If you’re like most people, your lawn is brown and crunchy. This has been one hot summer!

Keep your lawn hydrated! Water the lawn often throughout the summer months. Very early in the morning, like around 5 a.m. allows the lawn to dry before nightfall, when fungus is most active. It’s also usually a non-peak time for most towns’ water supplies. Water early just a few times each week. Deep soaking encourages deep root growth, compared to light watering, which encourages the roots to stay close to the surface of the soil. Your lawn is then more susceptible to heat and drought.

So keep the sprinklers and water barrels armed and ready! Summer’s not quite over yet, and you want your lawn looking good as we start coming into fall!

It’s been a hot summer! With the exception of a few rainy—very rainy—days, Milwaukee hasn’t seen too many occasions where sprinklers and water cans weren’t necessary. Keep your plants, flowers and grass in healthy working order by watering on a set schedule.

If you see your leaves start to have a “burned” or “scorched” look, it’s from one of two reasons: improper watering or improper fertilization. Since both over watering and under watering can damage plant leaves, the best solution is to water deeply and infrequently. This allows oxygen in the soil, washes salts away and encourages deep rooting.

For most trees and shrubs older than three years, water deeply once every seven to 10 days (Run your drip system one to three hours to soak the root zone). Newer plants may need water twice as often until established. Add a layer of surface mulch 2- to 4-inches thick to conserve water between waterings and cool and enrich the soil.

Make sure you have the right fertilizer both for your specific plants and for the time of year. Some fertilizers release much faster in hot weather, increasing the potential for damage. Follow package directions exactly and err on the conservative side. Then, irrigate well to move nutrients to the soil.

Going green with worms.

June 24, 2010

Going organic? Try Worm Castings, Mother Nature’s all-natural fertilizer! These are nutrients brought directly from the worm. Organic matter consumed by the worm is changed by the worm’s digestive system to produce fertilizer that will not burn or harm your plants in any concentration, nor will it damage your soil. Black, rich humus and a complete NPK content make this the best additive for your garden. It’ll make your plants sing and the planet smile!

Lawn & Garden Spring 2010

January 29, 2010

The blustery winds of winter are rattling the windows and blowing around the snow outside. But you’re warm and cozy inside – browsing through the 2010 seed catalogs that just arrived! Time to make your list of what to plant once the world starts to warm up again – purchase your flower, vegetable and herb seeds now and stock up on some small pots, flats, and potting soil if you plan to start any seedlings indoors. You can also plan what updates need to be made to the outside of your home and yard – painting the shutters and flowerboxes, fixing the broken bird bath, replanting some bushes, splitting the hostas, sprucing up your retaining walls, or adding fresh mulch to the flowerbeds. Think spring and stay warm!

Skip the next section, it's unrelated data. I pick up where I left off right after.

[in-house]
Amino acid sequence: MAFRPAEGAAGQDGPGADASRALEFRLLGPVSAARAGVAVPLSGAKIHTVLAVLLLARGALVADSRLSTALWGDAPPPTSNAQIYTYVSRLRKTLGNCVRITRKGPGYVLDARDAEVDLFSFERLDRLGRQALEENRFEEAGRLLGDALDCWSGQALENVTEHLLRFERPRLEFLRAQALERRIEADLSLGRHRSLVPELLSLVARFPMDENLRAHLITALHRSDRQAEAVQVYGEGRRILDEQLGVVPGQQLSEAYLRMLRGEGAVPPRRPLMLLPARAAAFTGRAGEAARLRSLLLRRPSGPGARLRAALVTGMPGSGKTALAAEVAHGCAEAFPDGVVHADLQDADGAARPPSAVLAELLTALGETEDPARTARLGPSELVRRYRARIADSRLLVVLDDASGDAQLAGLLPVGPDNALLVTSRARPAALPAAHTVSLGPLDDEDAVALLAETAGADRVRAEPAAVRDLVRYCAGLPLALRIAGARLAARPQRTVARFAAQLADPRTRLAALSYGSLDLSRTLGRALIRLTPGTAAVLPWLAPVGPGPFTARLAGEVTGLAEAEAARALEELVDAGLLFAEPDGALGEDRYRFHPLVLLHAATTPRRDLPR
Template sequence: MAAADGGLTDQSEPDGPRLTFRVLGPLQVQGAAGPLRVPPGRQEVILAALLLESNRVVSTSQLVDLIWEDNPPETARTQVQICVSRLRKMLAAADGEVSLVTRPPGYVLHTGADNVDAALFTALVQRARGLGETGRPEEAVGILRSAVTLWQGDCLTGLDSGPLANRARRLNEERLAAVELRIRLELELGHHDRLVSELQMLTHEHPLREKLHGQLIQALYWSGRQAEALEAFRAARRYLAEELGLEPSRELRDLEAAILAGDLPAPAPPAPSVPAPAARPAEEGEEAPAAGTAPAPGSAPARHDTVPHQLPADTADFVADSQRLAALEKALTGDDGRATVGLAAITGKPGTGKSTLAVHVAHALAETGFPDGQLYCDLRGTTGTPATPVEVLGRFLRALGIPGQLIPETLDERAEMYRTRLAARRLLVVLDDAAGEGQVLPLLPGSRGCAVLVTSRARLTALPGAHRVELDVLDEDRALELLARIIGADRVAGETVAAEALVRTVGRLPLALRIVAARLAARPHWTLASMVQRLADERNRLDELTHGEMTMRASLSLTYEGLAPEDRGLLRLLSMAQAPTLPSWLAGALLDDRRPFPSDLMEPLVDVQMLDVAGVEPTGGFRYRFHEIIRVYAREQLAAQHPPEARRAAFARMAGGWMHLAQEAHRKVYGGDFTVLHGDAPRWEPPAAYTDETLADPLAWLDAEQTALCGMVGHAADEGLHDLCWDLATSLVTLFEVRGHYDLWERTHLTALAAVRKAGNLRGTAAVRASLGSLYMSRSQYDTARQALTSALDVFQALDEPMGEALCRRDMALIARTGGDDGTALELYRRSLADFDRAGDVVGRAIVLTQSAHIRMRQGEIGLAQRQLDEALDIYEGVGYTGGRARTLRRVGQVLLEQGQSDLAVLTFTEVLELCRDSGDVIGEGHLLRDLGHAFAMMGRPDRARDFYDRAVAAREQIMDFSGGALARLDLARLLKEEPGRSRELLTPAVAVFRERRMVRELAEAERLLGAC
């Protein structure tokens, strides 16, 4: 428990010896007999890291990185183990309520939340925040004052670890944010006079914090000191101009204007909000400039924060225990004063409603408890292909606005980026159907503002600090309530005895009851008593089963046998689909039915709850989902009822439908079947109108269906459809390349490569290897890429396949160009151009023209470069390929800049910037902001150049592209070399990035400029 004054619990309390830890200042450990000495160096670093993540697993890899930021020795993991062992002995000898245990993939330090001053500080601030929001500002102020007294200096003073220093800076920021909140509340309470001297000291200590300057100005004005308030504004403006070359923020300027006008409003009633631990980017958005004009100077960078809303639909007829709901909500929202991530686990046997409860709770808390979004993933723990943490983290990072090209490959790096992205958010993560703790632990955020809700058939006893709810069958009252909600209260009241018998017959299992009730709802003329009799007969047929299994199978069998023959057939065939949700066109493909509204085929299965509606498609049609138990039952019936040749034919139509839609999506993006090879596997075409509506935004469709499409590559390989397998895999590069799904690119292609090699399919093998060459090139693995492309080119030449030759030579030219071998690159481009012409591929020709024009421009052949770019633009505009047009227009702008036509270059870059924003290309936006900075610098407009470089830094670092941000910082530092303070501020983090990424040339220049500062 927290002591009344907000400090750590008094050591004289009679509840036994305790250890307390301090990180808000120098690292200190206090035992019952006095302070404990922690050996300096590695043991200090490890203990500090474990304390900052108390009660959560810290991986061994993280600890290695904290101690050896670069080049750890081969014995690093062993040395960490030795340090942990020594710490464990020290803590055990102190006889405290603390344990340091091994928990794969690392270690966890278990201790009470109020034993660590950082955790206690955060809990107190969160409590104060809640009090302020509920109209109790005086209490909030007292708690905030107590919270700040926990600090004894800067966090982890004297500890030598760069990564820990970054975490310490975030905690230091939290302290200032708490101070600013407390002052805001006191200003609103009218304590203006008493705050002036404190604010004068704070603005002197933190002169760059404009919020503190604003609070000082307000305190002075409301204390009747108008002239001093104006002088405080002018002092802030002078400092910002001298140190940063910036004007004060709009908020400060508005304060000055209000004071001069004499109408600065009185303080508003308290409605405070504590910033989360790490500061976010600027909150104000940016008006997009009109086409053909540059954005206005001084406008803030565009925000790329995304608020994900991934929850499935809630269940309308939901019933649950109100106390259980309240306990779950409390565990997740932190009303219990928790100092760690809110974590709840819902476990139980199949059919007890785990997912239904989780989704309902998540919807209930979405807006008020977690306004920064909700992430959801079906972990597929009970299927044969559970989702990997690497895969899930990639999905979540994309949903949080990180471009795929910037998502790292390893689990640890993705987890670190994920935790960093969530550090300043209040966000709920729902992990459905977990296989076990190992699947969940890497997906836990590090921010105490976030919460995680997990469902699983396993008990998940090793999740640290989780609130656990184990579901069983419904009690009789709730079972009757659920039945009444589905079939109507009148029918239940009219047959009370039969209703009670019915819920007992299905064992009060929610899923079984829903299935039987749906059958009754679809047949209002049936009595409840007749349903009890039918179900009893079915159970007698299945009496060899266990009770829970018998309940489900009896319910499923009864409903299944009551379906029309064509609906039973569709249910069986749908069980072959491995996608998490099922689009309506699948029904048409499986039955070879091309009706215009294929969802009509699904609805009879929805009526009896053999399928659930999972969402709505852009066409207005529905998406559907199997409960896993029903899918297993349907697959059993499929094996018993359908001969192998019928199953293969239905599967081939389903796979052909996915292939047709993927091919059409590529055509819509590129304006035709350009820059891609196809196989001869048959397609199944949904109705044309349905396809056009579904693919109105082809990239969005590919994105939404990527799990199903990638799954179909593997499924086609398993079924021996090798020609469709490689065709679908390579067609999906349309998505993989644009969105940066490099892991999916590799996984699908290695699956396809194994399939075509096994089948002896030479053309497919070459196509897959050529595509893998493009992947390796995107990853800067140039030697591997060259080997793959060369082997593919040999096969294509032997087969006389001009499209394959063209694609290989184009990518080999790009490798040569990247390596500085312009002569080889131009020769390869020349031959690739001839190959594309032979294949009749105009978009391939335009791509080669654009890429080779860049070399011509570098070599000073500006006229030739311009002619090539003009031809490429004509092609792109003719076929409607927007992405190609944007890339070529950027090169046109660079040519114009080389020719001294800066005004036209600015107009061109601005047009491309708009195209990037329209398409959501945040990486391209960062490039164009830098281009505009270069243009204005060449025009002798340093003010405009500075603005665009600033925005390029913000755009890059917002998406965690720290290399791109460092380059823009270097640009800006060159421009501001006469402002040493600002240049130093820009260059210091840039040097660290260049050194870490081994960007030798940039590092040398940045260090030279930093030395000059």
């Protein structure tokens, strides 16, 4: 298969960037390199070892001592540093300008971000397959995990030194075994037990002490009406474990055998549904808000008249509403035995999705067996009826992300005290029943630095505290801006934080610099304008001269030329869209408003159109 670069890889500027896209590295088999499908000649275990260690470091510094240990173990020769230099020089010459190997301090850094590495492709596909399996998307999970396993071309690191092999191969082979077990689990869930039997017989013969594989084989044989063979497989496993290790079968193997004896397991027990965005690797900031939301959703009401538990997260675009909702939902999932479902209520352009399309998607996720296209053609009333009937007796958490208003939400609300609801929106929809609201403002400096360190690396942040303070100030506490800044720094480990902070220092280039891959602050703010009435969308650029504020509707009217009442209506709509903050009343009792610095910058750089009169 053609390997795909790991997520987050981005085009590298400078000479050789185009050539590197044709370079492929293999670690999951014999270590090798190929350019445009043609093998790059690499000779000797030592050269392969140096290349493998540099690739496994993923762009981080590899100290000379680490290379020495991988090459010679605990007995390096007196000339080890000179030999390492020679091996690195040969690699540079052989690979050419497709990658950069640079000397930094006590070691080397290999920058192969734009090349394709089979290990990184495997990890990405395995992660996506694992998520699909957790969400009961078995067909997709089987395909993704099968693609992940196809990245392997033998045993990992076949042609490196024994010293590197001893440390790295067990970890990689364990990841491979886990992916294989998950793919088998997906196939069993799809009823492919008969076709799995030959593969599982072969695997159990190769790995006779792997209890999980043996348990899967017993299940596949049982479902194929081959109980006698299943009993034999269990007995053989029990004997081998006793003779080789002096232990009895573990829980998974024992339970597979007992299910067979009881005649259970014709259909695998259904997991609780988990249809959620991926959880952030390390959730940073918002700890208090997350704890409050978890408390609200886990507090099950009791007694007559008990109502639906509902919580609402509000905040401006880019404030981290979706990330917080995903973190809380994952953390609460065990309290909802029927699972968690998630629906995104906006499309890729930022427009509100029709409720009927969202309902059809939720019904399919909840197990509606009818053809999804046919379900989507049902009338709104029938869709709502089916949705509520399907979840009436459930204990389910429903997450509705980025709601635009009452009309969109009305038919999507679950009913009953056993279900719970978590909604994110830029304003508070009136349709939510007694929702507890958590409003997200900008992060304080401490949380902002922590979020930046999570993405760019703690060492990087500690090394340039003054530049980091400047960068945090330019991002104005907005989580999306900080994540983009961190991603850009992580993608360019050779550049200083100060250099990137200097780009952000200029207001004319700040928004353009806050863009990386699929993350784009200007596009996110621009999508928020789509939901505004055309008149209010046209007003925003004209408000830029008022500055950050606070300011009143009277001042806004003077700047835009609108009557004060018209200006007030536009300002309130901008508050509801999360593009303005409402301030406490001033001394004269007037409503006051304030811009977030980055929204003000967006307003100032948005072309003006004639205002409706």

• Brush or sweep heavy snow off evergreens to prevent breakage.
  • Have a pond? Use a floating pond de-icer to help your fish survive the winter.  
  • Feed birds in your landscape suet cakes because natural food sources are scarce at this time of year. Suet cakes and birdseed together  provide protein and fat for the birds that like to visit you!
  • Birds also need water. If you have a birdbath in your garden, be sure to use a de-icer to prevent the water from freezing. Advance Landscape Garden center has an extensive selection of birdseed, houses, feeders and other supplies to choose from
  • Prune fruit and shade trees if necessary.
  • January and February is a great time to apply cow manure and other organic soil conditioners to your garden. Apply 2″ deep in vegetable gardens and let the nutrients soak into the soil.
  • It is important to protect azaleas, rhododendrons, hollies and other broad-leafed evergreens to minimize moisture loss during the cold, windy winter. Apply an anti-desiccant such as Wilt-Pruf when the temperature is above 45 degrees F. These plants have more surface area of leaf tissue that is why it is important to protect these broad-leafed evergreens because they can lose moisture from the drying effects of the wind.
  • Water thoroughly on a day when the temperatures are above 40 degrees if we experience a dry or windy winter.
  • Turn over containers that have been left outside and empty. This will keep your water from freezing and cracking the container.
  • On icy sidewalks and driveways, use a good quality ice-melting product such as Mag (magnesium chloride). Do not use salt or rock salt for they may damage concrete or plant material.
  • If you have a water feature, be sure to check the pumps to make sure they are working properly. Larger pumps that move a lot of water typically will keep running throughout the winter without any problem. Smaller pumps, however, will most likely freeze and should be turned off for the winter.

Visit Advance Landscape Garden Center: http://www.advance-landscape.com/  for all of your gardening and landscape needs!